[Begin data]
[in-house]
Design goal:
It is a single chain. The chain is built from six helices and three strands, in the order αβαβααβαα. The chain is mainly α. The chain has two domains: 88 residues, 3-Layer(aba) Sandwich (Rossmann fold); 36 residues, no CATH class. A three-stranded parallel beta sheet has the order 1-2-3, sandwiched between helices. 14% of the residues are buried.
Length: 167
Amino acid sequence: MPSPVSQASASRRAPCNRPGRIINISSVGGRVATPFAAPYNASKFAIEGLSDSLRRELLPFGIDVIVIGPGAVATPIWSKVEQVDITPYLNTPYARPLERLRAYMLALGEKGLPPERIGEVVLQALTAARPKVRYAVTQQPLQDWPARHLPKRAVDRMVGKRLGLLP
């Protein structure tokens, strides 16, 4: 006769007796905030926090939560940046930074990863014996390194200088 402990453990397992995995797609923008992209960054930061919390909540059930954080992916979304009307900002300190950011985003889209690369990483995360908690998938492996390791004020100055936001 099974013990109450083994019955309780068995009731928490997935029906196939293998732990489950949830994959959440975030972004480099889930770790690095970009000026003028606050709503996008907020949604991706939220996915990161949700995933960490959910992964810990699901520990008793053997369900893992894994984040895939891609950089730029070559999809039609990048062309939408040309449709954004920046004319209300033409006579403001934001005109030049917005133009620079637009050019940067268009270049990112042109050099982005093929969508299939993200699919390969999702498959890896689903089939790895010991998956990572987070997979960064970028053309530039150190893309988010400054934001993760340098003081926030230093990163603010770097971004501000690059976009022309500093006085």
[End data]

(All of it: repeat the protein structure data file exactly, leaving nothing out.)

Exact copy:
[in-house]
Design goal:
It is a single chain. The chain is built from six helices and three strands, in the order αβαβααβαα. The chain is mainly α. The chain has two domains: 88 residues, 3-Layer(aba) Sandwich (Rossmann fold); 36 residues, no CATH class. A three-stranded parallel beta sheet has the order 1-2-3, sandwiched between helices. 14% of the residues are buried.
Length: 167
Amino acid sequence: MPSPVSQASASRRAPCNRPGRIINISSVGGRVATPFAAPYNASKFAIEGLSDSLRRELLPFGIDVIVIGPGAVATPIWSKVEQVDITPYLNTPYARPLERLRAYMLALGEKGLPPERIGEVVLQALTAARPKVRYAVTQQPLQDWPARHLPKRAVDRMVGKRLGLLP
């Protein structure tokens, strides 16, 4: 006769007796905030926090939560940046930074990863014996390194200088 402990453990397992995995797609923008992209960054930061919390909540059930954080992916979304009307900002300190950011985003889209690369990483995360908690998938492996390791004020100055936001 099974013990109450083994019955309780068995009731928490997935029906196939293998732990489950949830994959959440975030972004480099889930770790690095970009000026003028606050709503996008907020949604991706939220996915990161949700995933960490959910992964810990699901520990008793053997369900893992894994984040895939891609950089730029070559999809039609990048062309939408040309449709954004920046004319209300033409006579403001934001005109030049917005133009620079637009050019940067268009270049990112042109050099982005093929969508299939993200699919390969999702498959890896689903089939790895010991998956990572987070997979960064970028053309530039150190893309988010400054934001993760340098003081926030230093990163603010770097971004501000690059976009022309500093006085």